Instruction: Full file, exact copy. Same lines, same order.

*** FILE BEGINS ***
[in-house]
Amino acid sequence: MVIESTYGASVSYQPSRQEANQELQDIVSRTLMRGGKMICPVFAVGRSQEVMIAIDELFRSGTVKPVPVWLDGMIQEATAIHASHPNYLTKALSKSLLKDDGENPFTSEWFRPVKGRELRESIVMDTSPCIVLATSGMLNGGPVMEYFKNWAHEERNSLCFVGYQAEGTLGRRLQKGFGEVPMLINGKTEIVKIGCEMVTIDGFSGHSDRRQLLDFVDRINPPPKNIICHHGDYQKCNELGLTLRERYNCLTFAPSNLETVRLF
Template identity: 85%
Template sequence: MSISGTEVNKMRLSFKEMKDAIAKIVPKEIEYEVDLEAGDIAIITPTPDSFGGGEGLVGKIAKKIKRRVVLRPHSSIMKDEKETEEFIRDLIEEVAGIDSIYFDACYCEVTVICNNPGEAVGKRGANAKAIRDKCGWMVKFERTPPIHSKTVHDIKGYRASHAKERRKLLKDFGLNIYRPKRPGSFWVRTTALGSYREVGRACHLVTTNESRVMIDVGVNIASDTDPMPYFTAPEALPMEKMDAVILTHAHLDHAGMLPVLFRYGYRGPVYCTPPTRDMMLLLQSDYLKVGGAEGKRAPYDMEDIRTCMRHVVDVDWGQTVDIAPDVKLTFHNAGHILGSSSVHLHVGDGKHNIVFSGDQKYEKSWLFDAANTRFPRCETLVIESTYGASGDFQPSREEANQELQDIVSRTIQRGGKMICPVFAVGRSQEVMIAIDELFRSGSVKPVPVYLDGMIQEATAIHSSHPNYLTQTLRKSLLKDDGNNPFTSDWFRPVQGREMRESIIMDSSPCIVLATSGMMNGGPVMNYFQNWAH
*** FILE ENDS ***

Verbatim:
[in-house]
Amino acid sequence: MVIESTYGASVSYQPSRQEANQELQDIVSRTLMRGGKMICPVFAVGRSQEVMIAIDELFRSGTVKPVPVWLDGMIQEATAIHASHPNYLTKALSKSLLKDDGENPFTSEWFRPVKGRELRESIVMDTSPCIVLATSGMLNGGPVMEYFKNWAHEERNSLCFVGYQAEGTLGRRLQKGFGEVPMLINGKTEIVKIGCEMVTIDGFSGHSDRRQLLDFVDRINPPPKNIICHHGDYQKCNELGLTLRERYNCLTFAPSNLETVRLF
Template identity: 85%
Template sequence: MSISGTEVNKMRLSFKEMKDAIAKIVPKEIEYEVDLEAGDIAIITPTPDSFGGGEGLVGKIAKKIKRRVVLRPHSSIMKDEKETEEFIRDLIEEVAGIDSIYFDACYCEVTVICNNPGEAVGKRGANAKAIRDKCGWMVKFERTPPIHSKTVHDIKGYRASHAKERRKLLKDFGLNIYRPKRPGSFWVRTTALGSYREVGRACHLVTTNESRVMIDVGVNIASDTDPMPYFTAPEALPMEKMDAVILTHAHLDHAGMLPVLFRYGYRGPVYCTPPTRDMMLLLQSDYLKVGGAEGKRAPYDMEDIRTCMRHVVDVDWGQTVDIAPDVKLTFHNAGHILGSSSVHLHVGDGKHNIVFSGDQKYEKSWLFDAANTRFPRCETLVIESTYGASGDFQPSREEANQELQDIVSRTIQRGGKMICPVFAVGRSQEVMIAIDELFRSGSVKPVPVYLDGMIQEATAIHSSHPNYLTQTLRKSLLKDDGNNPFTSDWFRPVQGREMRESIIMDSSPCIVLATSGMMNGGPVMNYFQNWAH